I came across Vincent Rainardi’s blog, and thought I’d share it with the readers.
I’d also like to thank Vincent for writing up the review so quickly.
I browsed through Vincent’s blog, and found that he authored this book:
Many reviews praised that it is an excellent book on data warehousing that combines simple and practical explanations and "how to" for all the key aspects of building a data warehouse on SQL Server.
I came back to my old job, but am not working on exactly same projects. I am very happy that I have new puzzles to solve now.
Obviously employee compensation and productivity reporting has become a hot topic in the business recently.
I am going to blog on this subject as I get to understand more about the business needs.
After completing several ETL processes and reports so far, I gradually start to put all the puzzles together.
In its simplistic form, I can envision a subset of the data warehouse bus matrix. This matrix will revolve as I understand more.
The dimensions will involve hierarchies. All the facts basically are from a transactional table. But as we put together all the fact tables for reporting, we will get all three types of fact tables, i.e. the transactional fact tables, snapshot fact tables, and also accumulating fact tables. The third type will be the most common.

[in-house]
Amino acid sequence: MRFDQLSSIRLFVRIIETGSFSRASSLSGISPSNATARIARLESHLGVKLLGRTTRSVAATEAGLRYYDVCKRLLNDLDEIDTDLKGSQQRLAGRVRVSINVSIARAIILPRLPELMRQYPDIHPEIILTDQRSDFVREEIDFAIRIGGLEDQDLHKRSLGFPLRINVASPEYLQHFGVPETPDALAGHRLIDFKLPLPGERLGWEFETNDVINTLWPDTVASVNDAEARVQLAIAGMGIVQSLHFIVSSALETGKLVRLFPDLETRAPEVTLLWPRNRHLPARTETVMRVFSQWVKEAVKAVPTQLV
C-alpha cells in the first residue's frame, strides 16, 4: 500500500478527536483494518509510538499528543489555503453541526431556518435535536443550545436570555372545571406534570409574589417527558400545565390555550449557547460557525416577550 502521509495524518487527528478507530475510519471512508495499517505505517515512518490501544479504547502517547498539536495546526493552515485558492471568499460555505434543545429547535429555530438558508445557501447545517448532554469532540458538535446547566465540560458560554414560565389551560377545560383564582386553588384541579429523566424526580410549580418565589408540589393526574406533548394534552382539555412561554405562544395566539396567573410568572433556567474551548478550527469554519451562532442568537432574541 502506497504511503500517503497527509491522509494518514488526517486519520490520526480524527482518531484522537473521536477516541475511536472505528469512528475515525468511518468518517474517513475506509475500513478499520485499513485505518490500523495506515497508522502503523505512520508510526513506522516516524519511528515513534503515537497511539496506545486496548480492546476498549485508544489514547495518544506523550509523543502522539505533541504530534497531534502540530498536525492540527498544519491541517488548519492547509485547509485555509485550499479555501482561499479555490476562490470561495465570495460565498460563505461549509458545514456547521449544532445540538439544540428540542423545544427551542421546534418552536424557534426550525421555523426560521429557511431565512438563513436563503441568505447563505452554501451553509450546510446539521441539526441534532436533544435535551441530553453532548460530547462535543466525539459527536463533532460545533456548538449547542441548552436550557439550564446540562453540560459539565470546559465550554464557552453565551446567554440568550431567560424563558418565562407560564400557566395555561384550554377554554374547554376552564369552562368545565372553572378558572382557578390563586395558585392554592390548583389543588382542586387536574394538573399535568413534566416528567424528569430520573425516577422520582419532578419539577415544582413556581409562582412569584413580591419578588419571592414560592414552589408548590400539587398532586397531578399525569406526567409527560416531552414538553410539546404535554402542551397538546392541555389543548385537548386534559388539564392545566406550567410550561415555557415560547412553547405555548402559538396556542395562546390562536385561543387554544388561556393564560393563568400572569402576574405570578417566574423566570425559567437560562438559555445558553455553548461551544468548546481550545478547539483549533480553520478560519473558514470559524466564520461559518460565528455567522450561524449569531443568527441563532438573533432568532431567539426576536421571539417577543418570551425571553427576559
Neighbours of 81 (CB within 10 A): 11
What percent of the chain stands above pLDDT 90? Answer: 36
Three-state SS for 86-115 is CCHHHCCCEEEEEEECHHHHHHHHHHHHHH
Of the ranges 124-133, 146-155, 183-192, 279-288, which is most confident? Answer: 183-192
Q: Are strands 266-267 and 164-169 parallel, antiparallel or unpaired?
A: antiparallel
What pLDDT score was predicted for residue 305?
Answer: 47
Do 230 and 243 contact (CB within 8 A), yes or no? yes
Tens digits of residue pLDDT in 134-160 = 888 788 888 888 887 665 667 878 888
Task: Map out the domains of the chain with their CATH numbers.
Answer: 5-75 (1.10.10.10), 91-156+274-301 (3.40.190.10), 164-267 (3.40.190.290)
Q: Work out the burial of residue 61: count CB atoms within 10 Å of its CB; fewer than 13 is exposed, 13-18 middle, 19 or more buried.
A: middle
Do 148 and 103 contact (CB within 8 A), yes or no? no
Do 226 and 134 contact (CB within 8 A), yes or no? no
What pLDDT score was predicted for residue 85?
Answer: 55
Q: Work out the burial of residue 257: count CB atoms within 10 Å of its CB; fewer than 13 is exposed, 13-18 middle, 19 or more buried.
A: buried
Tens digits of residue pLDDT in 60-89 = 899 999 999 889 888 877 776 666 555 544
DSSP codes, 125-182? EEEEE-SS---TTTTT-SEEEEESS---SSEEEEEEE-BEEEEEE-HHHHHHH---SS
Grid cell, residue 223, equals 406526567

The natural granularity for our business transactional fact table will be one row for each action a team member does for each account. For the purpose of employee compensation and productivity reporting, the facts associated with the business process typically just include the counts of the actions, such as the counts all “declines”, or the counts of all “approvals”.
In the next blog I’ll talk about whether I need to normalize my fact tables by fact types.